Last Saturday Greg Van Avermaet sprinted to victory in the Olympic road race in Rio de Janeiro. Because of the roles that teamwork and tactics play, it can be hard to grasp just what Van Avermaet accomplished. Fortunately for us, the Belgian racer posted his SRM data file from the Olympic road race on Strava. Now we can see what it took to win cycling gold in Rio.
The Olympic road race course featured two sections of circuits. The riders started in Fort Copacabana and raced just over 23 miles along the coast to a 15.4-mile loop around Grumari Natural Park. The men raced four times through Grumari’s short climbs, which according to Strava climbed 344 feet and hit gradients close to 13 percent.
Then, after a trip back along the 23-mile coastal route, the riders turned to a 16-mile circuit. This second circuit through Canoas and Vista Chinesa included a 5.5-mile climb. Van Avermaet’s Strava recorded a peak elevation of 1,444 feet and gradients from 8 percent to a leg-breaking 13 on the climb. The fast, technical descent was the scene of multiple crashes during the Olympic Games, and Van Avermaet’s Strava shows a section of dizzying 16 percent. A mostly flat 7.5 miles finished off the race.
Speed and Distance
Van Avermaet raced 143 miles on the Rio course in just over six hours. His moving time was 6:09:21 — a minute short of his official time — and he held an average speed of 23.3 miles per hour for the duration of the six-hour race (try holding that pace for 10 minutes). During the race, Van Avermaet hit a maximum speed of 67.1 miles per hour.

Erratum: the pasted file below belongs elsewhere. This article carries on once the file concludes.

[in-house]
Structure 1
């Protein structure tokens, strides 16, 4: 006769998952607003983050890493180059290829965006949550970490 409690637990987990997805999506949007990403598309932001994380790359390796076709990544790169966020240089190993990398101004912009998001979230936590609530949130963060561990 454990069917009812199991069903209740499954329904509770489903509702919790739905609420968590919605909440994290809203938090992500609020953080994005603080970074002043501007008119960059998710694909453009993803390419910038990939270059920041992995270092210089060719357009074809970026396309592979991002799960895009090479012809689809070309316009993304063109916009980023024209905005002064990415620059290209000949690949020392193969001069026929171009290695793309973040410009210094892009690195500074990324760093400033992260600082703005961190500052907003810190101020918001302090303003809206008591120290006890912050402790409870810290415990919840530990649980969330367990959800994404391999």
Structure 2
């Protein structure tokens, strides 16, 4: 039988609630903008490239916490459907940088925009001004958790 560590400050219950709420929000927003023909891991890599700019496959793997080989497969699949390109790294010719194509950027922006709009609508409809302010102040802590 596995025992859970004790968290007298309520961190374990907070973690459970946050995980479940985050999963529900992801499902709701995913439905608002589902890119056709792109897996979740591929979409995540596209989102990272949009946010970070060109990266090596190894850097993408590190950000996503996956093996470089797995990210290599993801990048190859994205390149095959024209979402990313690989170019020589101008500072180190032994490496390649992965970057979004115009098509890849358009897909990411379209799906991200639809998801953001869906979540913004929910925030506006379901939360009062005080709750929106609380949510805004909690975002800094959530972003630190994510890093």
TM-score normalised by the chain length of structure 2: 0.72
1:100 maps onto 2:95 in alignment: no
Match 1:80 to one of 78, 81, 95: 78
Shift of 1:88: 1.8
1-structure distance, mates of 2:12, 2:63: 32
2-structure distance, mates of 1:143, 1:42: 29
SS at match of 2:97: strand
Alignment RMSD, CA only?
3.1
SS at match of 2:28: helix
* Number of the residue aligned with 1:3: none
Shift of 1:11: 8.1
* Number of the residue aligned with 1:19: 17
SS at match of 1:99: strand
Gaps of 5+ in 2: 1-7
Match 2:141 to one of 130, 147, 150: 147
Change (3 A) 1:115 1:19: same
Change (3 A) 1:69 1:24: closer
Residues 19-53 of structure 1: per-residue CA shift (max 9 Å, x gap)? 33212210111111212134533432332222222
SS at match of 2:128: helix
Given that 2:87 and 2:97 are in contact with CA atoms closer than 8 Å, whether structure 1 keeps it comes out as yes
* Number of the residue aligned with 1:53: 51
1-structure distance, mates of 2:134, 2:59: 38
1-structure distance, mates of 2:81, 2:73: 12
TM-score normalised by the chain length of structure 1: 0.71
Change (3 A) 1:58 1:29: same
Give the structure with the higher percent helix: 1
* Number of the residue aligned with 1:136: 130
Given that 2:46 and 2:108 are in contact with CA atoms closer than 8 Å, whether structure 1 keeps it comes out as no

Until the Olympics, Van Avermaet was best known for his talent in the Belgian classics, which are held in the cold conditions of Northern Europe’s early spring. Summer in Rio di Janeiro is nothing like the spring rain of Belgium. The maximum temperature during the road race hit 100 degrees. On average, the temperature was 89.
Cadence measures the speed a rider turns the pedals, and it’s measured in revolutions per minute (rpm). It takes practice to turn over a fast cadence smoothly. Van Avermaet’s maximum cadence hit 173 rpm. There are also multiple points during the race when he was coasting in the field and his cadence dropped to zero. A smart rider will try to coast as much as possible to save his legs to cover attacks to sprint for victory. On average, Van Avermaet was turning the pedals at 85 rpm. During his race-winning sprint, Van Avermaet hit 110 rpm.
King of the Mountain
Though he won Olympic Gold, Van Avermaet did not win any Strava KOM’s on the course. Mike Woods, a rider from Canada, won the KOM on the circuit in Grumari, but was 55th at the finish. Sometimes the strongest rider wins in road racing. But more often, it’s the rider who measures out his efforts wisely and saves his peak efforts for key moments in the race. Van Avermaet did not upload his power numbers, so it’s difficult to see exactly where he put out his biggest efforts. The obvious exception is the final sprint, where Van Avermaet’s 110 rpm cadence points to an all-out burst to the finish line with a Gold medal in sight.
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